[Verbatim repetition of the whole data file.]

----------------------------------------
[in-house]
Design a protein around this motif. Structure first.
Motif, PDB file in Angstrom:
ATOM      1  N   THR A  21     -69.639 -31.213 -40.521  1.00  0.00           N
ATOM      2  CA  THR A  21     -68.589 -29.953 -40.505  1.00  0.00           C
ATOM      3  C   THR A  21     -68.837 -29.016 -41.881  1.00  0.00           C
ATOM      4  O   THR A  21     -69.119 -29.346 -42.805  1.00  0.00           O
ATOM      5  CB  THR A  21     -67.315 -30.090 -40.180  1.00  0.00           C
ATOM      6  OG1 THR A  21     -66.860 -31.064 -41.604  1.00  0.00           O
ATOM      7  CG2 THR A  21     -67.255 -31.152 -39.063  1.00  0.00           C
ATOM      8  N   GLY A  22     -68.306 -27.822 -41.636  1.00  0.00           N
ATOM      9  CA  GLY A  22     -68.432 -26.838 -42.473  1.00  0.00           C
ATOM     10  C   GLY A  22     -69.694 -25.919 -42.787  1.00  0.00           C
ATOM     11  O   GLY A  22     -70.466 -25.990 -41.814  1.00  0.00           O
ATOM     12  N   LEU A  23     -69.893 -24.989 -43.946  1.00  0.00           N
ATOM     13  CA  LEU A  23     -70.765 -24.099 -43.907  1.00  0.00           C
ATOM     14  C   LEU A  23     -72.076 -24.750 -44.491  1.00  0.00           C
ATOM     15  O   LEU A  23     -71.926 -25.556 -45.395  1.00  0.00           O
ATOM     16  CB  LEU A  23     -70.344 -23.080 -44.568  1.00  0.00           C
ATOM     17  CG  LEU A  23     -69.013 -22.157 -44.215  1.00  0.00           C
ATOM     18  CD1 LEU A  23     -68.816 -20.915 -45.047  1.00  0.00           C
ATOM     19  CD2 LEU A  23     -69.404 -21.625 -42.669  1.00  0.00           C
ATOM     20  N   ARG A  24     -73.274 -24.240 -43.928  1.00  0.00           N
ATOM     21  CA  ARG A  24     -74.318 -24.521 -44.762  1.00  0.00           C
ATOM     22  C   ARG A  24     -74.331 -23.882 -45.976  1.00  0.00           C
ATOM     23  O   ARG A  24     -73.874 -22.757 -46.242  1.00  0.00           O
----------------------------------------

[in-house]
Design a protein around this motif. Structure first.
Motif, PDB file in Angstrom:
ATOM      1  N   THR A  21     -69.639 -31.213 -40.521  1.00  0.00           N
ATOM      2  CA  THR A  21     -68.589 -29.953 -40.505  1.00  0.00           C
ATOM      3  C   THR A  21     -68.837 -29.016 -41.881  1.00  0.00           C
ATOM      4  O   THR A  21     -69.119 -29.346 -42.805  1.00  0.00           O
ATOM      5  CB  THR A  21     -67.315 -30.090 -40.180  1.00  0.00           C
ATOM      6  OG1 THR A  21     -66.860 -31.064 -41.604  1.00  0.00           O
ATOM      7  CG2 THR A  21     -67.255 -31.152 -39.063  1.00  0.00           C
ATOM      8  N   GLY A  22     -68.306 -27.822 -41.636  1.00  0.00           N
ATOM      9  CA  GLY A  22     -68.432 -26.838 -42.473  1.00  0.00           C
ATOM     10  C   GLY A  22     -69.694 -25.919 -42.787  1.00  0.00           C
ATOM     11  O   GLY A  22     -70.466 -25.990 -41.814  1.00  0.00           O
ATOM     12  N   LEU A  23     -69.893 -24.989 -43.946  1.00  0.00           N
ATOM     13  CA  LEU A  23     -70.765 -24.099 -43.907  1.00  0.00           C
ATOM     14  C   LEU A  23     -72.076 -24.750 -44.491  1.00  0.00           C
ATOM     15  O   LEU A  23     -71.926 -25.556 -45.395  1.00  0.00           O
ATOM     16  CB  LEU A  23     -70.344 -23.080 -44.568  1.00  0.00           C
ATOM     17  CG  LEU A  23     -69.013 -22.157 -44.215  1.00  0.00           C
ATOM     18  CD1 LEU A  23     -68.816 -20.915 -45.047  1.00  0.00           C
ATOM     19  CD2 LEU A  23     -69.404 -21.625 -42.669  1.00  0.00           C
ATOM     20  N   ARG A  24     -73.274 -24.240 -43.928  1.00  0.00           N
ATOM     21  CA  ARG A  24     -74.318 -24.521 -44.762  1.00  0.00           C
ATOM     22  C   ARG A  24     -74.331 -23.882 -45.976  1.00  0.00           C
ATOM     23  O   ARG A  24     -73.874 -22.757 -46.242  1.00  0.00           O